SCREEN DOOR

THE FOOD A cursory look at Screen Door’s menu reveals a straightforward list of Southern classics: Pimiento cheese. Low Country shrimp and grits. Carolina pulled pork. Fried catfish. Collard greens. Black-eyed peas. Chicken and waffles. These are dishes just about any of us can wrap our heads (and our mouths) around. But what makes this bastion of Southern cuisine rise above the rest is its ability to execute such fare with Pacific Northwest-style, using fresh, seasonal ingredients. Hence, Screen Door’s weekly local/organics sides menu (see “Flavor Profile” below), which showcases whatever’s freshest in dishes like late-summer corn pudding studded with jalapeños and chives, or an arugula-and-Maryhill-peach salad graced by shaved fennel and red onions and drizzled with a cane-sugar vinaigrette. But it’s not just the sides menu that exemplifies Screen Door’s Northwest ethos; it’s the Cascade Natural beef brisket and the Draper Valley chickens frying on the stove that prove this restaurant’s dedication to truly regional cuisine—even if the fried chicken recipe traveled here all the way from the South.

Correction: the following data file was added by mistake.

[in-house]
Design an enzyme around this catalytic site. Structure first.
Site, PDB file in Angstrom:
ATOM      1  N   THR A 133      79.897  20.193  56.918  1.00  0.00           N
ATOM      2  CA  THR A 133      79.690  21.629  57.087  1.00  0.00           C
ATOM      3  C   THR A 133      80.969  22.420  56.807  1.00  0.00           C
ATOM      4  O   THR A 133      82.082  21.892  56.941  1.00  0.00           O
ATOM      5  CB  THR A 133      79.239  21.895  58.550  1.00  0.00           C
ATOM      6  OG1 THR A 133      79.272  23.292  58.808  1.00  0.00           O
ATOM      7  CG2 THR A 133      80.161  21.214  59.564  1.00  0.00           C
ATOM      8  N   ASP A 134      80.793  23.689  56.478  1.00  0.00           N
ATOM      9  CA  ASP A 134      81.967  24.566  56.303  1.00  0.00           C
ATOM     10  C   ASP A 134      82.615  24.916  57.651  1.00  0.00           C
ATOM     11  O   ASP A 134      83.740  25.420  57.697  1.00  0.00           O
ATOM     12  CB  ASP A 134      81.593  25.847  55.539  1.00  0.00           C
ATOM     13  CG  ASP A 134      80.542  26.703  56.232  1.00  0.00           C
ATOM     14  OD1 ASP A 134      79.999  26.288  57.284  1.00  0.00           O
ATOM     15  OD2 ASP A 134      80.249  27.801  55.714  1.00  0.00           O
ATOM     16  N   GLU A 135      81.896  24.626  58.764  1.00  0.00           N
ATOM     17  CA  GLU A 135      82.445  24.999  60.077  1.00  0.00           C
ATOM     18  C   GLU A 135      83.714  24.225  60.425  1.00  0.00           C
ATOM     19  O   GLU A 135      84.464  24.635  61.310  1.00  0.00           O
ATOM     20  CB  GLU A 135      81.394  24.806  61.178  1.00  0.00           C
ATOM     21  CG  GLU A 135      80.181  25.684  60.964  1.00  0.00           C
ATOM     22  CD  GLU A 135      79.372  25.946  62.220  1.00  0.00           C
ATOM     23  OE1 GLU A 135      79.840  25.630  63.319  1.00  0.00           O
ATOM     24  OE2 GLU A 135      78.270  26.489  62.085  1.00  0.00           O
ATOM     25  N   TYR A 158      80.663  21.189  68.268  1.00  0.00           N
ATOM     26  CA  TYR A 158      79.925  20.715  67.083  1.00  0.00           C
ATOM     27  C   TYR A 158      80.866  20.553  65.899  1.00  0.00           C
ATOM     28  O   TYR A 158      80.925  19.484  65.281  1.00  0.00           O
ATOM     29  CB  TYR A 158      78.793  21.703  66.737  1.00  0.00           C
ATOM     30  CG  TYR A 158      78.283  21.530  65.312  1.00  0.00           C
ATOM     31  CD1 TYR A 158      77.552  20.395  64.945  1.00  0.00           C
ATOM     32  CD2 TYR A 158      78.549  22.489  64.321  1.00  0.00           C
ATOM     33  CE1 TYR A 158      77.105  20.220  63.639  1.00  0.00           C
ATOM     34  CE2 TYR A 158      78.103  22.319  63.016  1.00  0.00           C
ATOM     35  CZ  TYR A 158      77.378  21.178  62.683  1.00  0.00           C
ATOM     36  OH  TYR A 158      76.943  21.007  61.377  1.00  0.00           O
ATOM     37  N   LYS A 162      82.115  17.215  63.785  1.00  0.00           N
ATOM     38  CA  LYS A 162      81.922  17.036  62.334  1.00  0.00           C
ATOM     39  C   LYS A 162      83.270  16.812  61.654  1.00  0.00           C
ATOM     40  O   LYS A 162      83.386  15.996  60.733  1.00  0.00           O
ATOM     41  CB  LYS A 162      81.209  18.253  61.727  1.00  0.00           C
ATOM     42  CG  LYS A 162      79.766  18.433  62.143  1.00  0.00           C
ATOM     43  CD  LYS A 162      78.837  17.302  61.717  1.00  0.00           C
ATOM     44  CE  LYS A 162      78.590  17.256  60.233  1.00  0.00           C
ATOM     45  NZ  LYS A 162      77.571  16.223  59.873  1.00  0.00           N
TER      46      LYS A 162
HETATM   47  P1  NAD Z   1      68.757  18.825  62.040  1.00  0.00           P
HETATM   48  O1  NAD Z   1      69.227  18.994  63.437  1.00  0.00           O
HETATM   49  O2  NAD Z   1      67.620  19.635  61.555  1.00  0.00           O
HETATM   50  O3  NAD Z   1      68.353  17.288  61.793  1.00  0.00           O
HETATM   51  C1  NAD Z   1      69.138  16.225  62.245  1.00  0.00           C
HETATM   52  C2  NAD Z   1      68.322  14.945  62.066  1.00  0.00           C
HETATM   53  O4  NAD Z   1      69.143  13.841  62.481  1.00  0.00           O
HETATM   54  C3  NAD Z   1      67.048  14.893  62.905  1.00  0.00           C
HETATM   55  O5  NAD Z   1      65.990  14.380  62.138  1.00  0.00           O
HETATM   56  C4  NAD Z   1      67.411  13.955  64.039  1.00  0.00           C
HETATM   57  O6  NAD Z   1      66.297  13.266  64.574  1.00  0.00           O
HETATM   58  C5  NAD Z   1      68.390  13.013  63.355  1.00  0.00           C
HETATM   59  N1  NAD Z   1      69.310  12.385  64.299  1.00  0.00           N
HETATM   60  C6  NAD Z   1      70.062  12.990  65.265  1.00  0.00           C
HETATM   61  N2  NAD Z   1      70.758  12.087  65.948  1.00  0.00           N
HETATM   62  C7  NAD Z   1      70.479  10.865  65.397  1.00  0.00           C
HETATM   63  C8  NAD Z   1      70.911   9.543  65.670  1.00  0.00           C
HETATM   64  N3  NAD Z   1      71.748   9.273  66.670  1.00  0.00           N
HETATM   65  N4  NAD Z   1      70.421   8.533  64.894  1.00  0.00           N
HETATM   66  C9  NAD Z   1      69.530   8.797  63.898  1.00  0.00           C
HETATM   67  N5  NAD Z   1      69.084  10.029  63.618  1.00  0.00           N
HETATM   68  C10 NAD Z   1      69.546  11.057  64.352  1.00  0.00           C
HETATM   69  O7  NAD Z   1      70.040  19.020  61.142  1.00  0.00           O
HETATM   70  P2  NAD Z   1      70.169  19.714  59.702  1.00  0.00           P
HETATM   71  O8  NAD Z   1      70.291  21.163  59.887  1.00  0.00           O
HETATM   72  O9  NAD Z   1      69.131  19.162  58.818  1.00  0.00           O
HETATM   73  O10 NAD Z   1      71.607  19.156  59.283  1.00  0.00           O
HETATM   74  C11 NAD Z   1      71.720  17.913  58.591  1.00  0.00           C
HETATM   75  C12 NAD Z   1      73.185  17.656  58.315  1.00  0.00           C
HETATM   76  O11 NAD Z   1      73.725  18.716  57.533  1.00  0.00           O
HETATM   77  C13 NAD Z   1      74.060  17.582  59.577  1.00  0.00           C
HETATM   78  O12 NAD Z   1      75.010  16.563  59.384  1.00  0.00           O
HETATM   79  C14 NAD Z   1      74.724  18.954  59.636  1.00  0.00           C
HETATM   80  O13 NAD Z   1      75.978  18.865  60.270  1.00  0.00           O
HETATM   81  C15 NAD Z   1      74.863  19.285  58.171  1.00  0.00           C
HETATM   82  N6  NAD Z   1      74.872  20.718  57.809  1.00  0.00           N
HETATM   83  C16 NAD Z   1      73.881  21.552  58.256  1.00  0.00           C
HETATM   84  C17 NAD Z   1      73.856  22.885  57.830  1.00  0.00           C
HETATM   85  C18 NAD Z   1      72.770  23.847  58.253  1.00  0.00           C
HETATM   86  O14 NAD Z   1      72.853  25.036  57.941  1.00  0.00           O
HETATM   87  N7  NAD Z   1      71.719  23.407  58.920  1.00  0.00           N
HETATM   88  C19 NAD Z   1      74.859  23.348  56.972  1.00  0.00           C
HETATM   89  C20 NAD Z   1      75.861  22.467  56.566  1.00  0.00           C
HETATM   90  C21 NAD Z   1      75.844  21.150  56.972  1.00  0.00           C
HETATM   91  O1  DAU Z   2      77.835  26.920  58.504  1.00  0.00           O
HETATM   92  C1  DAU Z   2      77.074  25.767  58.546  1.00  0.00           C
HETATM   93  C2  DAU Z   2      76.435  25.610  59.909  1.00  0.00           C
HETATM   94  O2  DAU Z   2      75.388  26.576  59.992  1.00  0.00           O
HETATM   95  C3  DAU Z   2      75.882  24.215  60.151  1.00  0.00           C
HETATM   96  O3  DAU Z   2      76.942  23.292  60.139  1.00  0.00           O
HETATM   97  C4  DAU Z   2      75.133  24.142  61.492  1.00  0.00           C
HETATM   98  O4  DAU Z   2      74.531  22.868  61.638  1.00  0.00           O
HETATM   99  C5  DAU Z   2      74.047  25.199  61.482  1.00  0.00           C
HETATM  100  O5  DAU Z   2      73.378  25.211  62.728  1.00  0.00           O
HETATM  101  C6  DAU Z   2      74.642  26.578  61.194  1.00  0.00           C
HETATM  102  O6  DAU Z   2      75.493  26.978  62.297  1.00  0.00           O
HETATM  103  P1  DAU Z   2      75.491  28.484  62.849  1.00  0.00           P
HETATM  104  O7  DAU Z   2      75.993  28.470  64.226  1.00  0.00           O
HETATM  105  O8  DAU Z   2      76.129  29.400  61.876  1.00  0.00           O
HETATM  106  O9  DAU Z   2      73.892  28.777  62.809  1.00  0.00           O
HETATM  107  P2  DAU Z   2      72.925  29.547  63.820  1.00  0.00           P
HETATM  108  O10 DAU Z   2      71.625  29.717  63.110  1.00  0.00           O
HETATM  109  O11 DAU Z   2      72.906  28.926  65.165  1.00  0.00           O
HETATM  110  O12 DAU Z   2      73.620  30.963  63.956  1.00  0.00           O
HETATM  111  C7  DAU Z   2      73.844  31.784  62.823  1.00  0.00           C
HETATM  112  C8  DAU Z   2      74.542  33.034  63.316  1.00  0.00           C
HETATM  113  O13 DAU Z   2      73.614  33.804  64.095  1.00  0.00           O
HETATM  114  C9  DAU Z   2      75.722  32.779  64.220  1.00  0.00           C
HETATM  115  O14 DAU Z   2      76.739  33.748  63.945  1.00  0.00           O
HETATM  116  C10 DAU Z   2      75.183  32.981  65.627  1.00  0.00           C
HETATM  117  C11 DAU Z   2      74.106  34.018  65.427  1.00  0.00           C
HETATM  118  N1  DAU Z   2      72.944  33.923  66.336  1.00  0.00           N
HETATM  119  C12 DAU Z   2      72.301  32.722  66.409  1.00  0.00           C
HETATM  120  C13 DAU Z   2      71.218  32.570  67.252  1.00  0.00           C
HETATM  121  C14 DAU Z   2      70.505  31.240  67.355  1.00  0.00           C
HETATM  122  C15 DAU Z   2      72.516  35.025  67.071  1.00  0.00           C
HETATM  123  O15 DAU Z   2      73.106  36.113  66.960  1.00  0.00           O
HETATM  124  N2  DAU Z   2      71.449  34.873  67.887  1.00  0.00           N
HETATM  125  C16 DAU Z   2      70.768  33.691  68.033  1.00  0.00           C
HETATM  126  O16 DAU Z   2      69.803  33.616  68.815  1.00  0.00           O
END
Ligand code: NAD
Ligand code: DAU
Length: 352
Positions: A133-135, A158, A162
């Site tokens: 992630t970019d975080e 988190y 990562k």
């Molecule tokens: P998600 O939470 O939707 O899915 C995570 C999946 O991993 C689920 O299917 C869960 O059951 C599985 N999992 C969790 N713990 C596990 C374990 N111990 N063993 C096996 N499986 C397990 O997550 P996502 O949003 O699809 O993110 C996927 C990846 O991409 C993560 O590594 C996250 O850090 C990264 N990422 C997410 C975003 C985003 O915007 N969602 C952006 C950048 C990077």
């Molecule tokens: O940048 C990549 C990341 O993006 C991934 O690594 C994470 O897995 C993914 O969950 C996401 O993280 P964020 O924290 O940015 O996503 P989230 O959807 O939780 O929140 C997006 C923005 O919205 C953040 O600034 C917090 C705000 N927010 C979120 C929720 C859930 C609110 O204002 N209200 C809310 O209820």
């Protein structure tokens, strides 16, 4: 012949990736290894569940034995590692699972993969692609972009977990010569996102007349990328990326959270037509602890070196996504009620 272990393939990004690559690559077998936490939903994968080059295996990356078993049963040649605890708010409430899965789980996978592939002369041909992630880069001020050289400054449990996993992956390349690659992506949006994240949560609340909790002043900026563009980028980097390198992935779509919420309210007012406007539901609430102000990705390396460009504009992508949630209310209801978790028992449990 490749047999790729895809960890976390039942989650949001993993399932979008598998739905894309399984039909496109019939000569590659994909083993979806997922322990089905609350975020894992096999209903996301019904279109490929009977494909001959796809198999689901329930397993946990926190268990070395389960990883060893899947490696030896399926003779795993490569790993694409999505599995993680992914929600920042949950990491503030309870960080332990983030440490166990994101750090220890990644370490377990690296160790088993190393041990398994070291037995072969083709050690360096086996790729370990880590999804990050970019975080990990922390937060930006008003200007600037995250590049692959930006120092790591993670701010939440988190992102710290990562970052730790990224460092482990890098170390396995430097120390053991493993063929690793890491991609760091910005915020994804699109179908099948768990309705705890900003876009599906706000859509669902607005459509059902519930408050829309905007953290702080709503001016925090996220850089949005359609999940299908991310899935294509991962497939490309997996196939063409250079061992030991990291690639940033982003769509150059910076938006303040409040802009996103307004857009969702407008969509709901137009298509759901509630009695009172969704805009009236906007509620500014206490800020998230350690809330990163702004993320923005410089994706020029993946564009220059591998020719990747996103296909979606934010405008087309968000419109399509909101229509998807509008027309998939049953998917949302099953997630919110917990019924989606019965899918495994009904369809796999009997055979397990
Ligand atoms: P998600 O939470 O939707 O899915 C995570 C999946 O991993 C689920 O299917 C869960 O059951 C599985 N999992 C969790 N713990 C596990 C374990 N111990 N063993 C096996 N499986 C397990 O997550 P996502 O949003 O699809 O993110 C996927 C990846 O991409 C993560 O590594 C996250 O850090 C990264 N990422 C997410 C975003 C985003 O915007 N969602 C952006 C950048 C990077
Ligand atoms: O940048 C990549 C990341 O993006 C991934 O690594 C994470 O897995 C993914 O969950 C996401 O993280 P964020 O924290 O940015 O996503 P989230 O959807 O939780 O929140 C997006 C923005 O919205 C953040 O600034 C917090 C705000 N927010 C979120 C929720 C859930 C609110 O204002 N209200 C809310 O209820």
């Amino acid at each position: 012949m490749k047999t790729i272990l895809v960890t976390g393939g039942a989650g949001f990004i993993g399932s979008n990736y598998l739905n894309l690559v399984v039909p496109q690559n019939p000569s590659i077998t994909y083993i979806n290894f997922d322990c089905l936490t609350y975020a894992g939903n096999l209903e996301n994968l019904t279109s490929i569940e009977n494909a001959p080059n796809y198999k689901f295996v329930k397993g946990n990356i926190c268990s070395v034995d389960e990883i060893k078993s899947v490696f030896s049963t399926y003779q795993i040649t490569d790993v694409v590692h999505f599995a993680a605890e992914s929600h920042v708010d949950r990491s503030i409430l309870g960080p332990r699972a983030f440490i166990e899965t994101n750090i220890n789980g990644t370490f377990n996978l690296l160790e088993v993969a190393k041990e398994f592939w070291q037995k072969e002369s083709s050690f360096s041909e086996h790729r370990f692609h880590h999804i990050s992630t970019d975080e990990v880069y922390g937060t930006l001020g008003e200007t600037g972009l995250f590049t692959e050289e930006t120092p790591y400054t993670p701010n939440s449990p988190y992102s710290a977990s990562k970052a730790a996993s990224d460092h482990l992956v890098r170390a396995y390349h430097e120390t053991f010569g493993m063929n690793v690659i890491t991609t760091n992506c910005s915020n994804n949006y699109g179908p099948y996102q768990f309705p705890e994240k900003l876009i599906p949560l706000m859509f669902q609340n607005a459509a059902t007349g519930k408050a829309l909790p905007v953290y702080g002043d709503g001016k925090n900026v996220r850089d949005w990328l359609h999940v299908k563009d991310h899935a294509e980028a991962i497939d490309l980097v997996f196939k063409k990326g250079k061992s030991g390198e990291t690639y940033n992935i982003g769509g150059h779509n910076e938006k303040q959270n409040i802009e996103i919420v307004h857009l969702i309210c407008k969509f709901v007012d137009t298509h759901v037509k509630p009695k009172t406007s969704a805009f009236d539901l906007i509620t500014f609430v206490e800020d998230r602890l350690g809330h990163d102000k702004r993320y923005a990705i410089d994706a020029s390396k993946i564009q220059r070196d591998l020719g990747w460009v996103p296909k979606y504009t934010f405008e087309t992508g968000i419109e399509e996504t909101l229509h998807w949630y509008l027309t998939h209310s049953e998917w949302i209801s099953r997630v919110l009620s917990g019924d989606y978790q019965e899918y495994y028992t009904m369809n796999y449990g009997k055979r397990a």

THE CHEF Though run by chef Rick Widmayer, who formerly worked at Clarklewis and Mother’s, Screen Door’s kitchen is a largely collaborative one. In fact, most of the homegrown Southern recipes came from Nicole Mouton, who owns the place with her husband, David. Having honed her knowledge of po’ boys and pulled pork while growing up in Louisiana and, later, while working the restaurant scene in New Orleans, Mouton primed Widmayer on all things Southern. But it’s Widmayer who executed the Northwest-inspired local/organics sides menu. Culling knowledge from four years spent overseeing brunch at Mother’s, Widmayer also introduced Screen Door’s ridiculously popular brunch—the chicken and waffles alone are reason to dine there on weekend mornings.

THE ATMOSPHERE Modern porch décor with a dinerlike backdrop. Jars of pickled peppers, green beans, and tomatoes line the walls. Blue-vinyl booths beckon from the back, while wooden, mom-and-pop tables and chairs fill the rest of the airy space. A small bar serves spot-on sazeracs and hurricanes, while the sound of sizzling food trickles from the open kitchen. Long lines, boisterous guests, and a certain chaotic, Southern-inspired energy makes this restaurant a bright light amid the more formal and quiet restaurants on nearby NE and SE 28th Avenues.

THE SERVICE Fast, efficient, no-nonsense servers dressed every which way may appear somewhat frenzied, but they’ll always bring your fried chicken out mere seconds after it emerged from the fryer, and if they know you’re an obsessive fan of pimiento cheese, they just might make sure the chefs fill that ramekin to the brim. A couple of servers have even exhibited a sort of Flannery O’Connor-esque Southern gothic demeanor, and a few will use a sweet-as-pie lilt when they take your order.